x
Breaking News
More () »

Jacksonville Civil Rights icon dies, some colleagues promise to keep work going

The Jax SCLC chapter would immediately be recognized as an agent of change. Reverend Levi Wilcox was the founder.

JACKSONVILLE, Fla — The Southern Christian Leadership Conference was born out of the Montgomery Bus boycotts. In 1964 a chapter opened in Jacksonville with the same conviction for racial and economic justice and reconciliation.  

The Jax SCLC chapter would immediately be recognized as an agent of change. Reverend Levi Wilcox was the founder. 

"He was focused on the city of Jacksonville," said Dr. Juan Gray.

Gray was Chairman of the SCLC board. He served with the organization from 2005 to 2018.

On Monday, Wilcox died after an extended illness. He was 85.

"I am numb and heartbroken," said Gray. "He was the soul and heart of the SCLC."

A few years ago, Wilcox and the SCLC broke from the city's annual Martin Luther King Jr. breakfast. It started its own MLK breakfast to protest what it called the city's approach to inequities in the Black communities.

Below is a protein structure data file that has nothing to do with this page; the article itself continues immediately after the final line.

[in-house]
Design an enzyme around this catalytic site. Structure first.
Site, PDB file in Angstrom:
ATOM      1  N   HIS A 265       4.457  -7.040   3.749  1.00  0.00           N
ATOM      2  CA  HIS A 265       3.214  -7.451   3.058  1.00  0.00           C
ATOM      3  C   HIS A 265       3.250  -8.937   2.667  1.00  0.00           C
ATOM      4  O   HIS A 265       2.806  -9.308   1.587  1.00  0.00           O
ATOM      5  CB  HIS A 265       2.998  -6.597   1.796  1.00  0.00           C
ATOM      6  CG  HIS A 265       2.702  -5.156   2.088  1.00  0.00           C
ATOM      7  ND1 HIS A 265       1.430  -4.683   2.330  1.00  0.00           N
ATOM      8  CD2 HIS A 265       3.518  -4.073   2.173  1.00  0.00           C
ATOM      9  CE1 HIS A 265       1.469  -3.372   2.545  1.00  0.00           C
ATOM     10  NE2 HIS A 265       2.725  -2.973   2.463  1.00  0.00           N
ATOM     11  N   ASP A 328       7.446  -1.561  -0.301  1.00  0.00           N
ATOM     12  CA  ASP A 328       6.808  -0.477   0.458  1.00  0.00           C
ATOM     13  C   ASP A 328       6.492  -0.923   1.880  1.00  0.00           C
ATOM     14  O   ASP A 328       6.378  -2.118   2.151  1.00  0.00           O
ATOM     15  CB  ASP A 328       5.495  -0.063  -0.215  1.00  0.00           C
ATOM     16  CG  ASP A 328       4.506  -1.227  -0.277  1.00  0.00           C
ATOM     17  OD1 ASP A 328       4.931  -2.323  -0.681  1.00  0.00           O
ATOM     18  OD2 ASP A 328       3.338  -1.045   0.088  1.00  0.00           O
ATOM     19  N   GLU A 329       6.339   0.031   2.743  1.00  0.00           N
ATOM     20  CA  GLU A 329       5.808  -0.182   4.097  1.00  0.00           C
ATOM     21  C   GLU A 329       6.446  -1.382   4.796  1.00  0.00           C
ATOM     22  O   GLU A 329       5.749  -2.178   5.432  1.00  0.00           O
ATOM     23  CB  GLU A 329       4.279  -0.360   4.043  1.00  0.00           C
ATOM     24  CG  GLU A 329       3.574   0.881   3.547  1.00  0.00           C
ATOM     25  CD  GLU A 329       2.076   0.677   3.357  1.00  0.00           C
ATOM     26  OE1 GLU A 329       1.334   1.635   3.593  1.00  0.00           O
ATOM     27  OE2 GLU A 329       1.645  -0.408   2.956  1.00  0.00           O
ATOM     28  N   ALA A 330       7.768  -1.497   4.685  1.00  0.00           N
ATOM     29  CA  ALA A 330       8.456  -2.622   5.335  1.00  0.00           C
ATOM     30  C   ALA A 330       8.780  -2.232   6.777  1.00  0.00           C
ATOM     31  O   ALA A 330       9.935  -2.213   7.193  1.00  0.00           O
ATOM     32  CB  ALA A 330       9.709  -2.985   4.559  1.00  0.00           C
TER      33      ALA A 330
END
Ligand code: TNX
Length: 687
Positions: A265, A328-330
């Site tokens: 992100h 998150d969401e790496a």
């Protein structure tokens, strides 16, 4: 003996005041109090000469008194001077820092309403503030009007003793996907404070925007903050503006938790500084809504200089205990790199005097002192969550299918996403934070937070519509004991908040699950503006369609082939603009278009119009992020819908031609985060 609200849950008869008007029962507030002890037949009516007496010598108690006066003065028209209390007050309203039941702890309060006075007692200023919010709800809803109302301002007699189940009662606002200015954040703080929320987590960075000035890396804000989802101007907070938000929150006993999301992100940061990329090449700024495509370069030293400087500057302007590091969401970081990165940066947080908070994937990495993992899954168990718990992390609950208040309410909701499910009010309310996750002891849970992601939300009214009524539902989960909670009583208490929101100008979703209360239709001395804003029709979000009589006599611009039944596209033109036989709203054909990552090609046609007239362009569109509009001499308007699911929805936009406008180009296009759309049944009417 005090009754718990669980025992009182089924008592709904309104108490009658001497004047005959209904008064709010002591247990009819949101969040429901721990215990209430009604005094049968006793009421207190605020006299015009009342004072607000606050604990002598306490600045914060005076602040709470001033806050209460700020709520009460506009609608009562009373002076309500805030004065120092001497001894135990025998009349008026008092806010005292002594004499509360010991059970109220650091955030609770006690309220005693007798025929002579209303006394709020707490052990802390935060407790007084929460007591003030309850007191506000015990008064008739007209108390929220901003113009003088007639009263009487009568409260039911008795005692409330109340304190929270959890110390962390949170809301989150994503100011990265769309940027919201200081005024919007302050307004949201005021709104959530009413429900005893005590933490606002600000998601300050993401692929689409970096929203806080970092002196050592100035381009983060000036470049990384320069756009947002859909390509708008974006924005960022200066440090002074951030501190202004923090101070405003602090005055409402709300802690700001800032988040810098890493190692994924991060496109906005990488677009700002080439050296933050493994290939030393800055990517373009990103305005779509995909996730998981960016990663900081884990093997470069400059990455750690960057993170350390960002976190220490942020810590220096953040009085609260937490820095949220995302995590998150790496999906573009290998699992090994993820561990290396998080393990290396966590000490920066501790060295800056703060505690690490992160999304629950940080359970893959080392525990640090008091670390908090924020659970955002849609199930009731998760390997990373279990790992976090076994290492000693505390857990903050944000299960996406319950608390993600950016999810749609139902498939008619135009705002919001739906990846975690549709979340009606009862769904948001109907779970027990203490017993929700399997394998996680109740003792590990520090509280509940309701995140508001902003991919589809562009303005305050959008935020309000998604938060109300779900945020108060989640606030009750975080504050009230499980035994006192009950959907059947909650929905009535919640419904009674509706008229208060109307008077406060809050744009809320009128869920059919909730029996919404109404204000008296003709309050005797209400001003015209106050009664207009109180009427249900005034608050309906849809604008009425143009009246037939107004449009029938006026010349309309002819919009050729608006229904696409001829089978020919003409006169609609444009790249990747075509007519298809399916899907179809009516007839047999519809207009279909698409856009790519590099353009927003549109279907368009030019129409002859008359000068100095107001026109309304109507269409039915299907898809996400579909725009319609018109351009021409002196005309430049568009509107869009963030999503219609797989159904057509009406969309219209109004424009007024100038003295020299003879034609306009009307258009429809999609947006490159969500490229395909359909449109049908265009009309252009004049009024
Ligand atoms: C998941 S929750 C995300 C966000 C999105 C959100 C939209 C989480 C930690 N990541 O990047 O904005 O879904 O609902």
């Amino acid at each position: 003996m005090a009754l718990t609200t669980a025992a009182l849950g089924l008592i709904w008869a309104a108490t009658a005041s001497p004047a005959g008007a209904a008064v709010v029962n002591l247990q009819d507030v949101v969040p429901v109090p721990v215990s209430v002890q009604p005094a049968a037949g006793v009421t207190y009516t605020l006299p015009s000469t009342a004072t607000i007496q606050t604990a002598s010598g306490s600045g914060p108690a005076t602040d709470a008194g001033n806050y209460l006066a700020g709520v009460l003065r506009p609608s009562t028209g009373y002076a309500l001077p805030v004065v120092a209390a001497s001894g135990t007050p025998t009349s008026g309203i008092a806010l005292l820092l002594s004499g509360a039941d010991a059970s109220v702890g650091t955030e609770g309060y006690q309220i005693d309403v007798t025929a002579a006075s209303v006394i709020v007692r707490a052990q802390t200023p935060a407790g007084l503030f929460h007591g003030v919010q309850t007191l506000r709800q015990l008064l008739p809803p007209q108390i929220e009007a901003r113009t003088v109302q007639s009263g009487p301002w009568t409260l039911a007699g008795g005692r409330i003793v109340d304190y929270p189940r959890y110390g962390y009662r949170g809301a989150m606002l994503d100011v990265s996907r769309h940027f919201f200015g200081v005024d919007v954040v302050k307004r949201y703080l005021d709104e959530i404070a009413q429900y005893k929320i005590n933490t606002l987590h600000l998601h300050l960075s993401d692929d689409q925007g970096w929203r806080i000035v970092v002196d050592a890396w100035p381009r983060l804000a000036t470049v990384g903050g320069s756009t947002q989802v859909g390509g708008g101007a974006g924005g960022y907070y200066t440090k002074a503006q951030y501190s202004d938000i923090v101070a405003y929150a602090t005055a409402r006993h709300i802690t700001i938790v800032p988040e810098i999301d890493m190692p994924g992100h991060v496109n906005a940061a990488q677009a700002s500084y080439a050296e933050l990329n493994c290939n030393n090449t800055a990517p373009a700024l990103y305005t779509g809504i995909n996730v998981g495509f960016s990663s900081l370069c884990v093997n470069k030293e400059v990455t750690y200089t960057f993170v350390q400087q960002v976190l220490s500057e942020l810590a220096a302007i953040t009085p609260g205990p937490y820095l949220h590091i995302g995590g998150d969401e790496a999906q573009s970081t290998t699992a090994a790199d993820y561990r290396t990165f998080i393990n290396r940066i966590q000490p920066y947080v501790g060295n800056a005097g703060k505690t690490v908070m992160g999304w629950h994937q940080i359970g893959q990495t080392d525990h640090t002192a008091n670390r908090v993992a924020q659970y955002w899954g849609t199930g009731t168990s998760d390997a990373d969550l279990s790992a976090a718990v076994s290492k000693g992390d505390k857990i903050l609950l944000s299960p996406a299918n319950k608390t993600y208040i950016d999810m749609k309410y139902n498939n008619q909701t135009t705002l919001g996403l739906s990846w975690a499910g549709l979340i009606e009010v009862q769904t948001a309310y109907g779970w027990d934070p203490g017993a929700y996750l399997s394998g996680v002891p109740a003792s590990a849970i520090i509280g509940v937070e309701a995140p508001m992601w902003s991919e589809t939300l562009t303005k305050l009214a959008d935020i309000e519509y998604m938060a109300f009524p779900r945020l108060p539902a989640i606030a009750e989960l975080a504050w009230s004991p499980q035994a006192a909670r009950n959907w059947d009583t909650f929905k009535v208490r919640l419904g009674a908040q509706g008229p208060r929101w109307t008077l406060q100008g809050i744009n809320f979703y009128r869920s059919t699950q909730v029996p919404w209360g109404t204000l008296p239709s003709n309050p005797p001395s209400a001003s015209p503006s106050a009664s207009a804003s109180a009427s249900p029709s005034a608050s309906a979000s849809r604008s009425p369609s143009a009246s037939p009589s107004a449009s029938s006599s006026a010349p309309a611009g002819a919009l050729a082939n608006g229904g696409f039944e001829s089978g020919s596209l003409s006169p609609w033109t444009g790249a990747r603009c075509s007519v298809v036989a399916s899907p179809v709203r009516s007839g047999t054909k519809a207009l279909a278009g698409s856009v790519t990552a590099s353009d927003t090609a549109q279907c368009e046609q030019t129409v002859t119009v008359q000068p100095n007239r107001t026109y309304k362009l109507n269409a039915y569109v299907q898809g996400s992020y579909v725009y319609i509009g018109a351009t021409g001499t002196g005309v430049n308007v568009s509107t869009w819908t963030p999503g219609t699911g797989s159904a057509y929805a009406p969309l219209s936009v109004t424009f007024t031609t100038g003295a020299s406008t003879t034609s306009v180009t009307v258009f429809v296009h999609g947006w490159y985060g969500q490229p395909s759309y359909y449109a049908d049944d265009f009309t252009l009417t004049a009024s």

"He was a man who stood for justice," said Gray.

On its website, the SCLC has a list of social justice efforts it has engaged in over the decades.  

Malachi Beyah remembers Wilcox. He said he was a college student at Edward Waters College when Wilcox recruited him. Among his first mission was to protest a grocery store in the Black community for its treatment of its customers.

"He needs to be remembered as a strong leader," said Beyah. "He was a man who stood for justice."

Beyah credits Wilcox for opening his eyes to the injustice that was all around him. He said Wilcox did not just talk about it, he did something about it.

Gray said Wilcox was steadfast and held strongly held to the tenets of the National SCLC. 

Gray called Wilcox a rock, a soldier in the fight for civil rights.

"We have lost a good soldier," he said.

Rev. Dr. James Sampson also knew Rev. Levi Wilcox and was surprised to learn of his passing. He remembers his work and his commitment.

"He was a strong man," said Sampson," he was a man ahead of his time and he spoke truth to power."

As for the future role of the local chapter of the SCLC Gray maintains his membership.

Beyah who has been involved off and on over the years with the SCLC said there is an effort to keep the local chapter going.

    

Paid Advertisement

Before You Leave, Check This Out